Date Published: January 03, 2018
Publisher: John Wiley and Sons Inc.
Author(s): Huiwu Long, Wen Zeng, Hua Wang, Mengmeng Qian, Yanhong Liang, Zhongchang Wang.
Aqueous sodium‐ion battery of low cost, inherent safety, and environmental benignity holds substantial promise for new‐generation energy storage applications. However, the narrow potential window of water and the enlarged ionic radius because of hydration restrict the selection of electrode materials used in the aqueous electrolyte. Here, inspired by the efficient redox reaction of biomolecules during cellular energy metabolism, a proof of concept is proposed that the redox‐active biomolecule alizarin can act as a novel electrode material for the aqueous sodium‐ion battery. It is demonstrated that the specific capacity of the self‐assembled alizarin nanowires can reach as high as 233.1 mA h g−1, surpassing the majority of anodes ever utilized in the aqueous sodium‐ion batteries. Paired with biocompatible and biodegradable polypyrrole, this full battery system shows excellent sodium storage ability and flexibility, indicating its potential applications in wearable electronics and biointegrated devices. It is also shown that the electrochemical properties of electrodes can be tailored by manipulating naturally occurring 9,10‐anthroquinones with various substituent groups, which broadens application prospect of biomolecules in aqueous sodium‐ion batteries.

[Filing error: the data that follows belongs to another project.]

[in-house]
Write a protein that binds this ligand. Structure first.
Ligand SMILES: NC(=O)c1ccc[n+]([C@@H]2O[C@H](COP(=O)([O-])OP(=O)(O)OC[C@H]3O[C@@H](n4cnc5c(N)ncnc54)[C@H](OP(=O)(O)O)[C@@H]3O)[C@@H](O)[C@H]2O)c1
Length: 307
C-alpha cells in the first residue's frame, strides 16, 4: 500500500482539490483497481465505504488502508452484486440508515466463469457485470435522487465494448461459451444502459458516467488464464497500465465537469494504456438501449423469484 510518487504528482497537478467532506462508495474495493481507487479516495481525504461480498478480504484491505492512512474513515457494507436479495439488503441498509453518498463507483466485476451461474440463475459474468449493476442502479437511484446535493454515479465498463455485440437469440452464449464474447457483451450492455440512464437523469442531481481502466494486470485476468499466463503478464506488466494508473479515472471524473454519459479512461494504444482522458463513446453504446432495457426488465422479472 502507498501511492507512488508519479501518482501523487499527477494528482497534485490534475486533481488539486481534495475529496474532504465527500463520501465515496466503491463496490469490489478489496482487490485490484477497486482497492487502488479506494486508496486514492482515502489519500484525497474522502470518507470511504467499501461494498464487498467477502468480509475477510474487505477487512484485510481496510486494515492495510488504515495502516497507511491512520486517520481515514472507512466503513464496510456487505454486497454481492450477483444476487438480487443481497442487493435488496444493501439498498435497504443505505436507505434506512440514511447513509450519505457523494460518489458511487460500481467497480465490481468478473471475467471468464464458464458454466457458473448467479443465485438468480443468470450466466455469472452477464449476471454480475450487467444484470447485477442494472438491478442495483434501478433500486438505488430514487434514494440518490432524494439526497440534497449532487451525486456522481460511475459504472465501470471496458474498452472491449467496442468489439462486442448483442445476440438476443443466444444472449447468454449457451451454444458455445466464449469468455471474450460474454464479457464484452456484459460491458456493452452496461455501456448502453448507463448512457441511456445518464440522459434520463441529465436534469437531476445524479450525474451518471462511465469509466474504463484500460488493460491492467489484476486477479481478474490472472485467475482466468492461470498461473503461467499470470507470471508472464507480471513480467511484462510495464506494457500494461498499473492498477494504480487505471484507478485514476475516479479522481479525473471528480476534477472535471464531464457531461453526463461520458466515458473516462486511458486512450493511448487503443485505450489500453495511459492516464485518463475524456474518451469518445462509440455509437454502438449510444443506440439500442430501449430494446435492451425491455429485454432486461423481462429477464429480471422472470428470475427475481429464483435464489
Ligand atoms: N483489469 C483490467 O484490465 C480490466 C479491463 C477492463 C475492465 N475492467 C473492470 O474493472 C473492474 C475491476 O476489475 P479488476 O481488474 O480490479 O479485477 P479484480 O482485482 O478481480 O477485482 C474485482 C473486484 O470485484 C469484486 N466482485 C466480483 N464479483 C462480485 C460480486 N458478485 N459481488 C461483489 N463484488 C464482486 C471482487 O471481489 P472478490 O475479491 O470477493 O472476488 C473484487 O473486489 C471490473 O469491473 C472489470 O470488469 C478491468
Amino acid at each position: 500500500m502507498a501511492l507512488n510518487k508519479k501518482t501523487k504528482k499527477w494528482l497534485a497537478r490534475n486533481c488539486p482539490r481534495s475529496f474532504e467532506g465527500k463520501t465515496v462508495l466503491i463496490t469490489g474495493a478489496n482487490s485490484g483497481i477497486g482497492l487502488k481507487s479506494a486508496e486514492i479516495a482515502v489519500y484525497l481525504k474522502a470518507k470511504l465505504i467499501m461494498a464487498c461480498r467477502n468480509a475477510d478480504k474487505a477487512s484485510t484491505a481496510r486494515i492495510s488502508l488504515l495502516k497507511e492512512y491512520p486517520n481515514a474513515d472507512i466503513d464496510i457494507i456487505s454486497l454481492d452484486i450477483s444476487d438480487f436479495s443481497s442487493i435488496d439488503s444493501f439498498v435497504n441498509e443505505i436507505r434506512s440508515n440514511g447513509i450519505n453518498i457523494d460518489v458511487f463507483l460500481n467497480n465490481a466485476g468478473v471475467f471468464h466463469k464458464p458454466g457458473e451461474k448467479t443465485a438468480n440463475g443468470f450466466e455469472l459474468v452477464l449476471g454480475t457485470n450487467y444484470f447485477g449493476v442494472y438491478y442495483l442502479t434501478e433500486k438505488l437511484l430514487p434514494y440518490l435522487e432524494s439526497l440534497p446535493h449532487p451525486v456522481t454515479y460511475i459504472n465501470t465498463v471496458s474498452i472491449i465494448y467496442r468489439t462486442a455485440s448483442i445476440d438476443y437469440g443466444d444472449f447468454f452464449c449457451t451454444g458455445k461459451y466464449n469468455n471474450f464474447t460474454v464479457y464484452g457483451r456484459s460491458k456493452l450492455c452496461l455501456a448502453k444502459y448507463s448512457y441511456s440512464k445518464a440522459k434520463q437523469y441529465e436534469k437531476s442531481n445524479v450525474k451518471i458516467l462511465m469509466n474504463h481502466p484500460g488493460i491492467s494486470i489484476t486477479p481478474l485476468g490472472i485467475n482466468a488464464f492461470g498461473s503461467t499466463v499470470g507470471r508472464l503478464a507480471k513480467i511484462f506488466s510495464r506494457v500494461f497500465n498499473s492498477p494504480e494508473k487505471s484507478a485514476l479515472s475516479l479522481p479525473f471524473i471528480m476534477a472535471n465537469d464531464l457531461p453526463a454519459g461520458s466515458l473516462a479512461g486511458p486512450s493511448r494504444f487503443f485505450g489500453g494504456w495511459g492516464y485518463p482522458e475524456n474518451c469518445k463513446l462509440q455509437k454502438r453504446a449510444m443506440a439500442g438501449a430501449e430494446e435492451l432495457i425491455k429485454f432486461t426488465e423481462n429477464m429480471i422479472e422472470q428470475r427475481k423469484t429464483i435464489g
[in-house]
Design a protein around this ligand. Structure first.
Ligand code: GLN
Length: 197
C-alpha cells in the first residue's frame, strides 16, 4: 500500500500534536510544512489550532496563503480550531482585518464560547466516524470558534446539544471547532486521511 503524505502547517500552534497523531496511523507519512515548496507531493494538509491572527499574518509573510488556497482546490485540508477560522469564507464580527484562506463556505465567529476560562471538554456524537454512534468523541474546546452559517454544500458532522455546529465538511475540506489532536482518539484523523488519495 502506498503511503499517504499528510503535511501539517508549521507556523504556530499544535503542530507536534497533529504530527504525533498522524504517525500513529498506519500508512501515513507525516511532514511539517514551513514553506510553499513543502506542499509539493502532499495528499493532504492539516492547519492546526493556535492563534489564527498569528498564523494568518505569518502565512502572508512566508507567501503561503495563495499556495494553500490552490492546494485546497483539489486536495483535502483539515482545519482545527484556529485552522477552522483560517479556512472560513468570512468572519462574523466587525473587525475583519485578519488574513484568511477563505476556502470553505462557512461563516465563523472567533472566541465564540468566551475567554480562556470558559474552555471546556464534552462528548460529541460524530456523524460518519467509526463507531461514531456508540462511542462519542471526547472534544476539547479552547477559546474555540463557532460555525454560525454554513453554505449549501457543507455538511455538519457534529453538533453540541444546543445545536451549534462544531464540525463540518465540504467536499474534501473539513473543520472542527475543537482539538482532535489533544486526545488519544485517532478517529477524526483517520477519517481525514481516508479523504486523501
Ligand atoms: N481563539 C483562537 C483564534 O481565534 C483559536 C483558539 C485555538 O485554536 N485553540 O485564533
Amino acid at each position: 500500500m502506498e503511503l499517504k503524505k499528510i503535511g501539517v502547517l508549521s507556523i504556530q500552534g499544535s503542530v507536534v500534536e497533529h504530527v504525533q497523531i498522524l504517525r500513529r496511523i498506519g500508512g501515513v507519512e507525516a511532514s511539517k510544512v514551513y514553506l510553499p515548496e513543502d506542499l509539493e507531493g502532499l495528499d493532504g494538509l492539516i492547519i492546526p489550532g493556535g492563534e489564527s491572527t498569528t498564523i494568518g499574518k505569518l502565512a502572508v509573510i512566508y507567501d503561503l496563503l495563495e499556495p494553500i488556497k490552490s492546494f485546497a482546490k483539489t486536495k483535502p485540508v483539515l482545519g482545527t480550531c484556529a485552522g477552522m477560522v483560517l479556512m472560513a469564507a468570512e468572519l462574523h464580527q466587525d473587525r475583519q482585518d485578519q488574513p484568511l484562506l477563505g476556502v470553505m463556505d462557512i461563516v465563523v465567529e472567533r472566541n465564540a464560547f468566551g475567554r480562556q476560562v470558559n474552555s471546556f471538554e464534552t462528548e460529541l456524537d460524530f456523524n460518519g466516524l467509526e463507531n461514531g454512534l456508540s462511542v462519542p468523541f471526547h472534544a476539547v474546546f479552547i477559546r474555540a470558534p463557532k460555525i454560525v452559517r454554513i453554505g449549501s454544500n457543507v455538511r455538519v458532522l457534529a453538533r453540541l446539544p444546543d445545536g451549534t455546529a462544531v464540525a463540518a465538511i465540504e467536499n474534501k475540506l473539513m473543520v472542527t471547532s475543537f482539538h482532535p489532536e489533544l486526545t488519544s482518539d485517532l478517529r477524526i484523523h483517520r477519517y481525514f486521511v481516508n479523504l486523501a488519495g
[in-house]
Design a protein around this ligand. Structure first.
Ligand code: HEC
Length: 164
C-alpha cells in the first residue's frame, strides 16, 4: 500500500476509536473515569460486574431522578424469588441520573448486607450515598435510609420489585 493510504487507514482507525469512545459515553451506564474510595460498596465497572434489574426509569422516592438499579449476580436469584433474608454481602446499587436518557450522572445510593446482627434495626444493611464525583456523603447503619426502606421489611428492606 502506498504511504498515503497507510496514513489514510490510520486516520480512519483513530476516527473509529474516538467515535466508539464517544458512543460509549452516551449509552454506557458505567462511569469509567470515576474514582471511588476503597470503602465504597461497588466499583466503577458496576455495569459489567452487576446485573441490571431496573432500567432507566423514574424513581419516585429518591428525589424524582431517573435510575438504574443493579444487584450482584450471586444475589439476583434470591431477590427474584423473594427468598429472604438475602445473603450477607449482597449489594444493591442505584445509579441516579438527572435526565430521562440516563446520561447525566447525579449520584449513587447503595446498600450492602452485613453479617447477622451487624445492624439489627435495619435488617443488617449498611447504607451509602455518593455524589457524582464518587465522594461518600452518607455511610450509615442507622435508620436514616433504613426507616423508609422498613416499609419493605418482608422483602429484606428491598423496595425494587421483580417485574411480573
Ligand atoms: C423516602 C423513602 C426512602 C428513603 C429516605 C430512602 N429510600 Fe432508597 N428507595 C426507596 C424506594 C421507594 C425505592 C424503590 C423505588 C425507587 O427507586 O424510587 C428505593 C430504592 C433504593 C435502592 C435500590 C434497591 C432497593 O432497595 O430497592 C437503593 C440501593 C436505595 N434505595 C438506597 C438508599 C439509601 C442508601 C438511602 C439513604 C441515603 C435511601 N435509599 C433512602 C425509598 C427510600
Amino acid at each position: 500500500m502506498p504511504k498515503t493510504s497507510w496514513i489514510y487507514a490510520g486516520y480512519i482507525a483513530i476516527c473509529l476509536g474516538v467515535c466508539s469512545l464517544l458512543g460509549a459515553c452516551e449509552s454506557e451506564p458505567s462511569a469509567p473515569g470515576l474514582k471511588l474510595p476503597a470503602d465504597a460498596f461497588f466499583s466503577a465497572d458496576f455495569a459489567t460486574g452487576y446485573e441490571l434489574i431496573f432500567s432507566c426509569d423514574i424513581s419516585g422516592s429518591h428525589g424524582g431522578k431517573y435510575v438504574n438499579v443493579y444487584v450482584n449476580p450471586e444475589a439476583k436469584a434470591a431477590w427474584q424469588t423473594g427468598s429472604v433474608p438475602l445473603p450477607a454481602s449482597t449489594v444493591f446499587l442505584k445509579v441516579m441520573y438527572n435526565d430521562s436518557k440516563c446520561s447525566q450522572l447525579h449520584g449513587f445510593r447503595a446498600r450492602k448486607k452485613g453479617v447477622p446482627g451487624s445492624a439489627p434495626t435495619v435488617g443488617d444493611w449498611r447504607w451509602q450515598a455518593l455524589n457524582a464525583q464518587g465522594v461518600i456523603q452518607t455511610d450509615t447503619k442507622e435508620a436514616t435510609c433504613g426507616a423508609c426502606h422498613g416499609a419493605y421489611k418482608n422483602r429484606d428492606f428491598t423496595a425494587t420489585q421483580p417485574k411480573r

Sample Preparation and Characterization: In a typical synthesis process, 60 mg alizarin (Acros, purity 97%) was dissolved in 180 mL acetone, which was subsequently dropped into deionized water of different volumes under magnet stirring condition. The precipitation was eventually collected by centrifugation and dried at 50 °C overnight. Morphology of alizarin was observed by a field‐emission SEM (JSM‐7600F, JEOL) at a working voltage of 5 kV, and the Fourier transform infrared spectroscopy spectra were measured on a Nicolet iN10 spectrophotometer using transmission mode. DFT calculations were conducted using the Gaussian 09 software. A total of five geometries were optimized for each molecule by employing the restricted B3LYP hybrid functional and 6–311+G(d,p) basis set. The molecular orbital of each molecule, e.g., HOMO and LUMO energies, was analyzed.
The authors declare no conflict of interest.